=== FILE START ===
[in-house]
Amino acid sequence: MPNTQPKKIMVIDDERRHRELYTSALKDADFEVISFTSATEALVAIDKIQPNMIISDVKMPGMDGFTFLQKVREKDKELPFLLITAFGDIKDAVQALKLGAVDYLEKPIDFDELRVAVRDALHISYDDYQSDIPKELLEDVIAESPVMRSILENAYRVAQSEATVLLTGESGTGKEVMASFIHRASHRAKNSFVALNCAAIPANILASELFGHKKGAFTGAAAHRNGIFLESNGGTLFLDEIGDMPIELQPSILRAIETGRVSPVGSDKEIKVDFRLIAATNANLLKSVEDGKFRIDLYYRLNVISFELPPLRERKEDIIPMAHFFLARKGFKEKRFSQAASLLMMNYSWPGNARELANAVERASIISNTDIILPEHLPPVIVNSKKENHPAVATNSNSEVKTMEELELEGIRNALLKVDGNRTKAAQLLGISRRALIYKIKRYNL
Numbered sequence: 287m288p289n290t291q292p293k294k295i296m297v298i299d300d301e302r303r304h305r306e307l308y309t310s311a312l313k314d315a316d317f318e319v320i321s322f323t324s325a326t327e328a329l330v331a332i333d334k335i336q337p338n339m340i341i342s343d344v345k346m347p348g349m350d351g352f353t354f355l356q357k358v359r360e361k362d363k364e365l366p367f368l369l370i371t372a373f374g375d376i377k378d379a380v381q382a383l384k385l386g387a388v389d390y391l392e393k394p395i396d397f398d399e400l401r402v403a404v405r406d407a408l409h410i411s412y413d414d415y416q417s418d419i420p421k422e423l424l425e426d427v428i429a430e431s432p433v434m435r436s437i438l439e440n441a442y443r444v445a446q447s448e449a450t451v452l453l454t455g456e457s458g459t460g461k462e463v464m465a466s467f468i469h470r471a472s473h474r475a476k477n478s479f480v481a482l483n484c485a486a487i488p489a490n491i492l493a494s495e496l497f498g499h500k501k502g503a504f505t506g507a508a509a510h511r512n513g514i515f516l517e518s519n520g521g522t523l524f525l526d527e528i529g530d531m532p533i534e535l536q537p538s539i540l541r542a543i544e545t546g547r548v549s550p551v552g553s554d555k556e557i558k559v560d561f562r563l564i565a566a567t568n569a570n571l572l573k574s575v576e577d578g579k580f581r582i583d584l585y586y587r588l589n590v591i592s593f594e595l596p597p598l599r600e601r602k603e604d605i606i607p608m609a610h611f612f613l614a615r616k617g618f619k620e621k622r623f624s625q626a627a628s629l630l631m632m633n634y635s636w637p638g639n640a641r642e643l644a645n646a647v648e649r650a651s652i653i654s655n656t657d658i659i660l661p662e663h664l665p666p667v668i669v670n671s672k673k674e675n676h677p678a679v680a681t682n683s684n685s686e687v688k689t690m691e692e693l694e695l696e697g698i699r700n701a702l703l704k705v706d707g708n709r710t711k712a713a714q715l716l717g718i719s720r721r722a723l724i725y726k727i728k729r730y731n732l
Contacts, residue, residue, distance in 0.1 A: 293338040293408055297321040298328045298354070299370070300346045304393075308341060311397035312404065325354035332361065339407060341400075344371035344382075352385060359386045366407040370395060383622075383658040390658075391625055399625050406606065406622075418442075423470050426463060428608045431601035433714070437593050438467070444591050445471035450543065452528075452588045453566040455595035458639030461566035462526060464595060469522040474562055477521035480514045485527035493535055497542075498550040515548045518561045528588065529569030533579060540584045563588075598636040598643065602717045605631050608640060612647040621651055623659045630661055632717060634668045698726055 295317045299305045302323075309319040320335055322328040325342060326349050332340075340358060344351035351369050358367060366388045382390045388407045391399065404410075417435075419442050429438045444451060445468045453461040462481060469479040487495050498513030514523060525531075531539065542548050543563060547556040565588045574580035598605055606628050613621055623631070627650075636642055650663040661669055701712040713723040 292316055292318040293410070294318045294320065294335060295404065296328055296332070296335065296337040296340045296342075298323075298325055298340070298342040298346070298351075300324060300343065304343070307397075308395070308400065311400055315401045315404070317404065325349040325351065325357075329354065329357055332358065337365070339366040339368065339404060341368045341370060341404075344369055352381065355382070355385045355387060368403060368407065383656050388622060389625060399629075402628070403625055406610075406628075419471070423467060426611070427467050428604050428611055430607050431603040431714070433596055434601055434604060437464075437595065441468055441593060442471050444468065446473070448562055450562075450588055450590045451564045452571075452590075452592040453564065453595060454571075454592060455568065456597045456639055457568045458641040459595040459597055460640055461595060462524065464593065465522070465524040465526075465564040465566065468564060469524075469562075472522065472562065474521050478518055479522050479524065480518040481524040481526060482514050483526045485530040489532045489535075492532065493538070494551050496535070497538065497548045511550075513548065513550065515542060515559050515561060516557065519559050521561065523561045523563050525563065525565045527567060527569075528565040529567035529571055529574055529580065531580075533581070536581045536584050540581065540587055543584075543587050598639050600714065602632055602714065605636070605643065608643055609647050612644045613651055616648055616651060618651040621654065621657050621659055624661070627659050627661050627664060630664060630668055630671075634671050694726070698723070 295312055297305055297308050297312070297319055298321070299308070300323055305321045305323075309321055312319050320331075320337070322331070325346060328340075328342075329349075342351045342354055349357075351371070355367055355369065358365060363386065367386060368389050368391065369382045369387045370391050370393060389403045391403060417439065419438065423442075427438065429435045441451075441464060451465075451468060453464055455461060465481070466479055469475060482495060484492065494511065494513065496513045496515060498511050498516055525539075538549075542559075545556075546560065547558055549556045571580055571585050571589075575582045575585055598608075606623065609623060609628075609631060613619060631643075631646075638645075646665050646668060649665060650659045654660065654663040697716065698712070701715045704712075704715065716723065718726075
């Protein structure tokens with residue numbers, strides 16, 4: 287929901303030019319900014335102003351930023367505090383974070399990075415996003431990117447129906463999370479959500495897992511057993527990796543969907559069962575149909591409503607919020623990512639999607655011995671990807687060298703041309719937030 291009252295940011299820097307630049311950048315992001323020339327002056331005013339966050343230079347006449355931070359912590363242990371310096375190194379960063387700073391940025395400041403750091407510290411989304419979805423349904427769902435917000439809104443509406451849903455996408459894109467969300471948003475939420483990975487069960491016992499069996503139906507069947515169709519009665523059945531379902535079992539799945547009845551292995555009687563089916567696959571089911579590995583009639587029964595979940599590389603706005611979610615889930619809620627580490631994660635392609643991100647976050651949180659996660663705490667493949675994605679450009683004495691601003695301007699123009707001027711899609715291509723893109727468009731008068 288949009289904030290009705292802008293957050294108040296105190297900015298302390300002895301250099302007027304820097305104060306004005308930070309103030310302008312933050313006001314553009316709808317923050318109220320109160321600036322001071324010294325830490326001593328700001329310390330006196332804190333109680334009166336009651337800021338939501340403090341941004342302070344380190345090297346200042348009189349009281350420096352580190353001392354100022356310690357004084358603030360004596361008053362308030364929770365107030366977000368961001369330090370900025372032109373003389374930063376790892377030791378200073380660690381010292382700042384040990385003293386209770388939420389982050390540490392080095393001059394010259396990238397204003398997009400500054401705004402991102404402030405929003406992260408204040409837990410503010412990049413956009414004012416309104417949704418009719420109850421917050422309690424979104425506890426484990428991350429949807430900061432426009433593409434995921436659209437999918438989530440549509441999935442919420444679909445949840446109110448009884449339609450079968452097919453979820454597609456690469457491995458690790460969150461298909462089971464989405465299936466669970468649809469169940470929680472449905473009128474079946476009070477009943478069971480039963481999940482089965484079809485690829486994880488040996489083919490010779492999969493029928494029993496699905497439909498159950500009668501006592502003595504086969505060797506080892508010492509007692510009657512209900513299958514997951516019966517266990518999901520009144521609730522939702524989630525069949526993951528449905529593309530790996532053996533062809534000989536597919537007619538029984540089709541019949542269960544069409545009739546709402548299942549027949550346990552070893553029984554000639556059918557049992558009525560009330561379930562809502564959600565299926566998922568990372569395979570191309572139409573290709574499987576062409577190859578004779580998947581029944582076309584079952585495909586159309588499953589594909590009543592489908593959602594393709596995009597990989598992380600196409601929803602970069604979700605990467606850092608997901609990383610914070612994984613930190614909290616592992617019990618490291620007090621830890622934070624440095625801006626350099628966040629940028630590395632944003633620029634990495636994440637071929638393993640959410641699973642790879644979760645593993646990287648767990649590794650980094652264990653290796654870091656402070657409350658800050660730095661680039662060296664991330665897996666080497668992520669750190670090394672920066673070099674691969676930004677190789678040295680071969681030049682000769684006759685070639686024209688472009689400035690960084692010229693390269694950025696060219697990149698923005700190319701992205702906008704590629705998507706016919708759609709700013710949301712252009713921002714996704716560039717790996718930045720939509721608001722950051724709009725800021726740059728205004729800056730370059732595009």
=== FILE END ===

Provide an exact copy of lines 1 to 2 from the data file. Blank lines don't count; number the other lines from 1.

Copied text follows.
[in-house]
Amino acid sequence: MPNTQPKKIMVIDDERRHRELYTSALKDADFEVISFTSATEALVAIDKIQPNMIISDVKMPGMDGFTFLQKVREKDKELPFLLITAFGDIKDAVQALKLGAVDYLEKPIDFDELRVAVRDALHISYDDYQSDIPKELLEDVIAESPVMRSILENAYRVAQSEATVLLTGESGTGKEVMASFIHRASHRAKNSFVALNCAAIPANILASELFGHKKGAFTGAAAHRNGIFLESNGGTLFLDEIGDMPIELQPSILRAIETGRVSPVGSDKEIKVDFRLIAATNANLLKSVEDGKFRIDLYYRLNVISFELPPLRERKEDIIPMAHFFLARKGFKEKRFSQAASLLMMNYSWPGNARELANAVERASIISNTDIILPEHLPPVIVNSKKENHPAVATNSNSEVKTMEELELEGIRNALLKVDGNRTKAAQLLGISRRALIYKIKRYNL